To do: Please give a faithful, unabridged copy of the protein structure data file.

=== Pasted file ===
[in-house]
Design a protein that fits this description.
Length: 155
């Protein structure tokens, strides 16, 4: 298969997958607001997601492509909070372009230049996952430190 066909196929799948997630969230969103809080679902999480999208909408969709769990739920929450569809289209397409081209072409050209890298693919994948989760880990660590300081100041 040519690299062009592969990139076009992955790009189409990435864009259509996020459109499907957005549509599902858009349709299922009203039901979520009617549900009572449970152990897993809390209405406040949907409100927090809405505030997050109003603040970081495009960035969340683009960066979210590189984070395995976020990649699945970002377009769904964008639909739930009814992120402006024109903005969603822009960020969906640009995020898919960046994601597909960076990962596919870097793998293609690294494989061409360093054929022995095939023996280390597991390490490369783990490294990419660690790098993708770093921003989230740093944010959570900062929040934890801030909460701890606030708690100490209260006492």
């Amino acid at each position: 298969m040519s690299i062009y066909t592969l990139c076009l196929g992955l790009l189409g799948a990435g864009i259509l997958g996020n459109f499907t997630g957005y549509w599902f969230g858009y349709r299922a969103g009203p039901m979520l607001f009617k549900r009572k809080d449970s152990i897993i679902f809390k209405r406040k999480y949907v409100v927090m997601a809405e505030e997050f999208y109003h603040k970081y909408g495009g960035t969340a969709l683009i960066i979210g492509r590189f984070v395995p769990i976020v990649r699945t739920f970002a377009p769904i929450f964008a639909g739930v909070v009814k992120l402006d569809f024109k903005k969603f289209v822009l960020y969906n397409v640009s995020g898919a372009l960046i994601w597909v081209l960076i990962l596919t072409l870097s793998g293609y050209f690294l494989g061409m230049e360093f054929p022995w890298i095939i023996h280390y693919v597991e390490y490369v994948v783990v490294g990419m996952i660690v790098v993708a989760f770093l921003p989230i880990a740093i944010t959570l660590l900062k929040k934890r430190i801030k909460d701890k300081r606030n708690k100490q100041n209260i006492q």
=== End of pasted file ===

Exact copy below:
[in-house]
Design a protein that fits this description.
Length: 155
């Protein structure tokens, strides 16, 4: 298969997958607001997601492509909070372009230049996952430190 066909196929799948997630969230969103809080679902999480999208909408969709769990739920929450569809289209397409081209072409050209890298693919994948989760880990660590300081100041 040519690299062009592969990139076009992955790009189409990435864009259509996020459109499907957005549509599902858009349709299922009203039901979520009617549900009572449970152990897993809390209405406040949907409100927090809405505030997050109003603040970081495009960035969340683009960066979210590189984070395995976020990649699945970002377009769904964008639909739930009814992120402006024109903005969603822009960020969906640009995020898919960046994601597909960076990962596919870097793998293609690294494989061409360093054929022995095939023996280390597991390490490369783990490294990419660690790098993708770093921003989230740093944010959570900062929040934890801030909460701890606030708690100490209260006492």
């Amino acid at each position: 298969m040519s690299i062009y066909t592969l990139c076009l196929g992955l790009l189409g799948a990435g864009i259509l997958g996020n459109f499907t997630g957005y549509w599902f969230g858009y349709r299922a969103g009203p039901m979520l607001f009617k549900r009572k809080d449970s152990i897993i679902f809390k209405r406040k999480y949907v409100v927090m997601a809405e505030e997050f999208y109003h603040k970081y909408g495009g960035t969340a969709l683009i960066i979210g492509r590189f984070v395995p769990i976020v990649r699945t739920f970002a377009p769904i929450f964008a639909g739930v909070v009814k992120l402006d569809f024109k903005k969603f289209v822009l960020y969906n397409v640009s995020g898919a372009l960046i994601w597909v081209l960076i990962l596919t072409l870097s793998g293609y050209f690294l494989g061409m230049e360093f054929p022995w890298i095939i023996h280390y693919v597991e390490y490369v994948v783990v490294g990419m996952i660690v790098v993708a989760f770093l921003p989230i880990a740093i944010t959570l660590l900062k929040k934890r430190i801030k909460d701890k300081r606030n708690k100490q100041n209260i006492q």